United States Counterterror War Locations 2015-2017
Photo Credit: TomDispatch
Embarrassing spectacle. Treasonous. National security crisis. These are some of the reactions to the Helsinki Summit between Presidents Trump and Putin on July 16, 2018. Some among us believe that Trump is responsible for all that’s wrong with America. Not so, Tom Engelhardt reminds us in his latest book, A Nation Unmade by War (Haymarket Books, May 2018).
In A Nation Unmade by War, Engelhardt focuses on “a nation increasingly unsettled and transformed by spreading wars to which most of its citizens were, at best, only half paying attention.” He views Trump’s election as “part of the costs of those wars come home” and envisages that America’s 45th president “might preside over the most precipitous decline of a truly dominant power in history, one only recently considered at the height of its glory.”
When the Soviet Union imploded in 1991, the United States became the sole superpower. Dreams of creating a planetary Pax Americana led to the build-up of this country’s military might. The realization of that dream came on September 11, 2001, with al-Qaeda’s attack on the World Trade Center, and the subsequent launch of America’s Global War on Terror. This never-ending war has now consumed an estimated $5.6 trillion from September 2001 through fiscal year 2018 (Costs of War Project, Brown University, November 2017).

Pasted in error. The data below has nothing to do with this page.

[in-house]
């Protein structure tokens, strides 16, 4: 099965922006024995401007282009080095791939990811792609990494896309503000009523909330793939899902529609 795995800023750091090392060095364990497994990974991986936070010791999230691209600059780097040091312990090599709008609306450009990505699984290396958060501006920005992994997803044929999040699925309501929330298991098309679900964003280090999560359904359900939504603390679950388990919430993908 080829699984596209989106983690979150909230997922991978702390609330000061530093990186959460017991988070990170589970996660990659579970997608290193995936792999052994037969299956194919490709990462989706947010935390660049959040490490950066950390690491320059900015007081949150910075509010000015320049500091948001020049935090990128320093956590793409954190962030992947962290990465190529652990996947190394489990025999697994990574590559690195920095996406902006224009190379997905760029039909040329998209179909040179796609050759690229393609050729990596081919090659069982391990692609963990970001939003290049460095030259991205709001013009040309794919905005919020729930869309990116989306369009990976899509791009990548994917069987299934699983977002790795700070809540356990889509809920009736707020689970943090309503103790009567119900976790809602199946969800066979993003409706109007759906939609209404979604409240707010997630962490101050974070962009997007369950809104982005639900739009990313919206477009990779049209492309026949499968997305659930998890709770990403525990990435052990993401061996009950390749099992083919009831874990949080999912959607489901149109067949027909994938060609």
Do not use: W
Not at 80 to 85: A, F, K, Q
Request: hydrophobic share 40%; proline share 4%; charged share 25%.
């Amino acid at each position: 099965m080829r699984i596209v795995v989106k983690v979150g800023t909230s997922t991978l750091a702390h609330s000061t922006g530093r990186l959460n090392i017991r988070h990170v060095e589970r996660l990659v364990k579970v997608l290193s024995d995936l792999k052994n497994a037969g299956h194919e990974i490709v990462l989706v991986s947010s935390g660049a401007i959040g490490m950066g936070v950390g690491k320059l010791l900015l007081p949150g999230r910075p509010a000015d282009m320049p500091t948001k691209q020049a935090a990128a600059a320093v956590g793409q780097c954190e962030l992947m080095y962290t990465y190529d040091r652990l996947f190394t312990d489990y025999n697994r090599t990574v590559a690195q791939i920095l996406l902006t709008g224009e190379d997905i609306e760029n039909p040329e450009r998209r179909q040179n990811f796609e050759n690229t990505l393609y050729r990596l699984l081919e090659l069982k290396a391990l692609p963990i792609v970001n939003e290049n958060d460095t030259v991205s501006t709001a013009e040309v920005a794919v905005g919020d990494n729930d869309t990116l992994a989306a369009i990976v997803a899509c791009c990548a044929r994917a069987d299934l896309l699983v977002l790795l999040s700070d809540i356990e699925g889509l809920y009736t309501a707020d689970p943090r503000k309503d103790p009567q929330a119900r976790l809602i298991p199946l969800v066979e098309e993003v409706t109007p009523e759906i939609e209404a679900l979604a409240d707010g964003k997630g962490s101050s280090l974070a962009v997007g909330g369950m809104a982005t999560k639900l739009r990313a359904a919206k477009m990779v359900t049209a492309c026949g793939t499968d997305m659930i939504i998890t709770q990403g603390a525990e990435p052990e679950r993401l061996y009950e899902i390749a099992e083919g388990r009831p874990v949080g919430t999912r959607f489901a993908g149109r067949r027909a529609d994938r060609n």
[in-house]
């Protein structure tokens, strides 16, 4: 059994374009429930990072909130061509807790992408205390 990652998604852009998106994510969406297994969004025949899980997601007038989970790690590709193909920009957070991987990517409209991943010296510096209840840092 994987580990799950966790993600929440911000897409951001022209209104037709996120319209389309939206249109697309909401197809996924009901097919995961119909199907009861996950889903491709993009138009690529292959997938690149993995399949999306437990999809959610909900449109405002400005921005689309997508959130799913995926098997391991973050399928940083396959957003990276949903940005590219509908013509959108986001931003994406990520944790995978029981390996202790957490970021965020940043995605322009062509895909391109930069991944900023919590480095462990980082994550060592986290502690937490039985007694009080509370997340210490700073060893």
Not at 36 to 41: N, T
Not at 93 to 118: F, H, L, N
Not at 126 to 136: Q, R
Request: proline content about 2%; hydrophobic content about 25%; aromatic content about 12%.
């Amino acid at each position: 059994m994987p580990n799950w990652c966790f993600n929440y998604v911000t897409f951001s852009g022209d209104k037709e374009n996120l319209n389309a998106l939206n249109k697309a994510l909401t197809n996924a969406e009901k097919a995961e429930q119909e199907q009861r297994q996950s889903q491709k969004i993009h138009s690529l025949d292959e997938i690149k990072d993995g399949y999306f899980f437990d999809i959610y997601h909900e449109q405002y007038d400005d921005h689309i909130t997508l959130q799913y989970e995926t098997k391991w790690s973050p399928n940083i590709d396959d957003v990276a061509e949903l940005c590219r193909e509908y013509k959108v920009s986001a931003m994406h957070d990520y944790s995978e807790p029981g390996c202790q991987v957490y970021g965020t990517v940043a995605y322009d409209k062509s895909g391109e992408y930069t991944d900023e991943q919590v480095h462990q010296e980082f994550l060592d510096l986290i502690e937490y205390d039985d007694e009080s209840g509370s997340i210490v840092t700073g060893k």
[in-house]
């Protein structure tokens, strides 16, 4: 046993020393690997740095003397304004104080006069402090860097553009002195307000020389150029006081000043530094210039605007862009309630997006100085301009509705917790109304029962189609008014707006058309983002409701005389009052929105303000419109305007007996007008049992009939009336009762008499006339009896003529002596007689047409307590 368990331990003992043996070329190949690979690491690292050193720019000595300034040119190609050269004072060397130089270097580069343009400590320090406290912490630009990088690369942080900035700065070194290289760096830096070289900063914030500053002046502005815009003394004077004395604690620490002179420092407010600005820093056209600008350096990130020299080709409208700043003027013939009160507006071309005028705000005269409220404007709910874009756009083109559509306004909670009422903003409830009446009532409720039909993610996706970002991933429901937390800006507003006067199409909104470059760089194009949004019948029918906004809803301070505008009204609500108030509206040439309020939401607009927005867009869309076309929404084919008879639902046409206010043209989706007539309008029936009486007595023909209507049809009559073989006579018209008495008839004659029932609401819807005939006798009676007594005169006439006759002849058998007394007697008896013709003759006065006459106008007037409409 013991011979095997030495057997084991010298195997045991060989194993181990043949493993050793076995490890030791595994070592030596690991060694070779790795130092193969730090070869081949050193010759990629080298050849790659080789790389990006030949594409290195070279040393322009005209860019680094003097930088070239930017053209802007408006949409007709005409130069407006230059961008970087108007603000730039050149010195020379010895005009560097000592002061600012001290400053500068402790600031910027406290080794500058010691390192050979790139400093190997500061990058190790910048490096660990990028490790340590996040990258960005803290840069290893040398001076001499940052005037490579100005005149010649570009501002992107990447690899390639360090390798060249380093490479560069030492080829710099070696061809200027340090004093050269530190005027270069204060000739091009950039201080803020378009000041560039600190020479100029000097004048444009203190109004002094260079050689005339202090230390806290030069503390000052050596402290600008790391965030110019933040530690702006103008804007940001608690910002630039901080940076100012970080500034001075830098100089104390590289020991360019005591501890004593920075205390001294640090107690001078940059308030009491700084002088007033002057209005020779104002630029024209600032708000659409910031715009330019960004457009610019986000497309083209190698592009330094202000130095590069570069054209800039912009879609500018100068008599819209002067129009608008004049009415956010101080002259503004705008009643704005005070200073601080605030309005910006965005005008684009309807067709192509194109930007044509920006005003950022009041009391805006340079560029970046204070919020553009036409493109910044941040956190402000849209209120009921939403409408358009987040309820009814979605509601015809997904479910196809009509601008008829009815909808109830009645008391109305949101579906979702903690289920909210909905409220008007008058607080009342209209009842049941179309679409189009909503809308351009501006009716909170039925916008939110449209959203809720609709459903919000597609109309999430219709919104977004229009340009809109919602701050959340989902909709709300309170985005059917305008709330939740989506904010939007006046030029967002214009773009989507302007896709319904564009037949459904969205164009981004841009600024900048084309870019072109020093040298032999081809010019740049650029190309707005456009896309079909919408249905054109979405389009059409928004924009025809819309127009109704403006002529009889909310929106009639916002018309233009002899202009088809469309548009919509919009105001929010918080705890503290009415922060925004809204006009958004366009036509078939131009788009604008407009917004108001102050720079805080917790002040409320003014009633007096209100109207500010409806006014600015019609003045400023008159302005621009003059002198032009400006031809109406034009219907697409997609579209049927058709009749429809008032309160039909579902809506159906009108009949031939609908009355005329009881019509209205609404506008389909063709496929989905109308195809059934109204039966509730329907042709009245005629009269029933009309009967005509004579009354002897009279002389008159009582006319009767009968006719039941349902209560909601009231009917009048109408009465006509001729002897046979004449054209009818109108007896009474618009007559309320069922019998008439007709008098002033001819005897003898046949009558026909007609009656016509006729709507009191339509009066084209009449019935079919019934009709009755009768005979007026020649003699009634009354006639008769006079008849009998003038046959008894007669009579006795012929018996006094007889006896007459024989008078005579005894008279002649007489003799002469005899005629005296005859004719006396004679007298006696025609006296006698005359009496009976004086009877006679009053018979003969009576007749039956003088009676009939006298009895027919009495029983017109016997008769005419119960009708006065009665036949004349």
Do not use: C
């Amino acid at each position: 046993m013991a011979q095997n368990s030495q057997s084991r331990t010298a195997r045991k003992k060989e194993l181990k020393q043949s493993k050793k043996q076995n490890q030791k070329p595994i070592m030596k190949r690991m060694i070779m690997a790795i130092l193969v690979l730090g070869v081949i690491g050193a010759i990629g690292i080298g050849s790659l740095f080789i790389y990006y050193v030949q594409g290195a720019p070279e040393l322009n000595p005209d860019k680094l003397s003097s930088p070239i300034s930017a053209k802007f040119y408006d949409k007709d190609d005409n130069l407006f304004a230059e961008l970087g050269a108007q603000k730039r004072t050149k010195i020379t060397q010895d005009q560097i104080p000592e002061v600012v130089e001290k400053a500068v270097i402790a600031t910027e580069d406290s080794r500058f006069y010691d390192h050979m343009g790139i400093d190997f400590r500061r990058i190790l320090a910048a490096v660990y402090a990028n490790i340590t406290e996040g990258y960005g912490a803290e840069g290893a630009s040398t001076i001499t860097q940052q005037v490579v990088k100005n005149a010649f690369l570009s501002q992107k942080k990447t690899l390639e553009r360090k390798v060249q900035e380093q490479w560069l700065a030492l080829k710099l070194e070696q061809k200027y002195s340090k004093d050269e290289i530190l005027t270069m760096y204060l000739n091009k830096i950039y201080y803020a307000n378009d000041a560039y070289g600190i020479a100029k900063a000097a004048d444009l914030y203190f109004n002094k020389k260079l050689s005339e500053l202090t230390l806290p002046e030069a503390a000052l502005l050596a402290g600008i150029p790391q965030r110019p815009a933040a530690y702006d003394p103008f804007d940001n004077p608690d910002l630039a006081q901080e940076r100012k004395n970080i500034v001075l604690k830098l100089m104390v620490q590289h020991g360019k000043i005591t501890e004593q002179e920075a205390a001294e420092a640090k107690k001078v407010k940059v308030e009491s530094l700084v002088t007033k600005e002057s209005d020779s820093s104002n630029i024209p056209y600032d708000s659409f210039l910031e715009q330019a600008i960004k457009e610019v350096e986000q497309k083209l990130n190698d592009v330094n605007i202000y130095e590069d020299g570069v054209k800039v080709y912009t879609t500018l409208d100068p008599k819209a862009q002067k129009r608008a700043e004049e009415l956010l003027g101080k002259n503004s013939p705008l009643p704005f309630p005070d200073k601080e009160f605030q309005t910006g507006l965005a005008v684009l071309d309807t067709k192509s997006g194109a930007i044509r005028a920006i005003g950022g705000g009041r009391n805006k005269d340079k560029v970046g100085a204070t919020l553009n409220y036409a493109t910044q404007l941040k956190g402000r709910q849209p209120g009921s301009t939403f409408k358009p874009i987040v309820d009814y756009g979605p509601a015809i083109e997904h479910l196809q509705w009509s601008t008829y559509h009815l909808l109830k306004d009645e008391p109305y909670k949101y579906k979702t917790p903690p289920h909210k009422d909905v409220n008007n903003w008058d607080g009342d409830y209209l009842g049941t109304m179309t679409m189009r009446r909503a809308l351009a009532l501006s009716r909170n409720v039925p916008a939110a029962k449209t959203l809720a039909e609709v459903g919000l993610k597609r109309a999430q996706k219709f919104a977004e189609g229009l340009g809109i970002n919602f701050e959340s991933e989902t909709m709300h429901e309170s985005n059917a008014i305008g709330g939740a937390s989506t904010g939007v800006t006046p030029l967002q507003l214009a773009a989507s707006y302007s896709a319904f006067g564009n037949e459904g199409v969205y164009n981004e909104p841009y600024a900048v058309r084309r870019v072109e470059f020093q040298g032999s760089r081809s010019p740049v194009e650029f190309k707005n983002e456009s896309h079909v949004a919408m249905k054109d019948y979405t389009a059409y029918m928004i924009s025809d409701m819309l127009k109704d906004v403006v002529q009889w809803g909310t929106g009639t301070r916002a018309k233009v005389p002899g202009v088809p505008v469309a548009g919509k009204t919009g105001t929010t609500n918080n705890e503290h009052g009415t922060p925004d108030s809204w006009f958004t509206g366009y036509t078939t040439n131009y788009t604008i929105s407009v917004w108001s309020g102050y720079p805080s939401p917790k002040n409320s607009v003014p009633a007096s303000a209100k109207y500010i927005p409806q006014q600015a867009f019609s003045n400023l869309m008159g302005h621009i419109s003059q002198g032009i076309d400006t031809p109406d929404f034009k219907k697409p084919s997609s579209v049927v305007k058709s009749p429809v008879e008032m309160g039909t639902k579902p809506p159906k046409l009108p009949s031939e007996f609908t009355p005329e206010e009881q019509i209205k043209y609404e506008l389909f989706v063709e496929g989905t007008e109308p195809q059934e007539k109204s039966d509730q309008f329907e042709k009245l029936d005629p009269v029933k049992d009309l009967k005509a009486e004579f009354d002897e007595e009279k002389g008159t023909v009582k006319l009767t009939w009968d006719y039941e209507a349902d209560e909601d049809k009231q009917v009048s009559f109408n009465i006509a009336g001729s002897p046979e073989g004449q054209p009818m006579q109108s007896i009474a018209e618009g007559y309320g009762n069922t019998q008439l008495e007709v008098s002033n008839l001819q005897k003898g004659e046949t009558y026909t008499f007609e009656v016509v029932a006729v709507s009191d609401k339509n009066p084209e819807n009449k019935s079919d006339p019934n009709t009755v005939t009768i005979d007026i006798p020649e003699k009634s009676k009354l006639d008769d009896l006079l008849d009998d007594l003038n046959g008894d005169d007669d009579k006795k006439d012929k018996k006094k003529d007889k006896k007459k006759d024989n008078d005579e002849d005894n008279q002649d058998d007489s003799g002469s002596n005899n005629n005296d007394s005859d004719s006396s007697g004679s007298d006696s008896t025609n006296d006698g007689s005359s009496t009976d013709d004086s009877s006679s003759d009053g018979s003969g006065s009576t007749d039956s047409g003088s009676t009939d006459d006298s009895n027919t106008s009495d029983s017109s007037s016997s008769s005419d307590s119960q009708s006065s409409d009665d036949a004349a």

Meanwhile, the basic needs of millions of Americans have gone unattended, hollowing out parts of the heartland. Mounting college student loan debt has jeopardized the future of young people. The country’s infrastructure is crumbling. A dysfunctional two-party political system has added to the chaos. The rise of the National Security State, with its militarized police and border forces, has become the de facto fourth branch of government.
A one-percent economy, a one-percent society, and a one-percent political system have paved the way for a one-percent government under Donald Trump – a celebrity business mogul with potential for authoritarianism.
“Trump is a message, a warning of the first order, and if that were all he were, he would just be an inadvertent teacher about the nature of our American world and we could indeed thank him and do our best to move on,” the author observes.
But we cannot ignore Trump. He has access to our nuclear stockpile. What’s more, as a climate change denier, he believes he can make America great again by taking us back to the fossil-fueled 1950s.
While Washington under Trump continues to funnel more funds into our never-ending wars, few Americans express responsibility for the spread of terrorism, failed states, destruction of lives and livelihoods, the tsunami of refugees, and the rubblization of some of the world’s great cities.
Engelhardt calls on us to imagine a government “distracted by its hopeless wars and the terrorist groups they continue to generate, facing the possible frying of our world and not lifting a finger to deal with the situation… It’s the definition of an empire of madness.”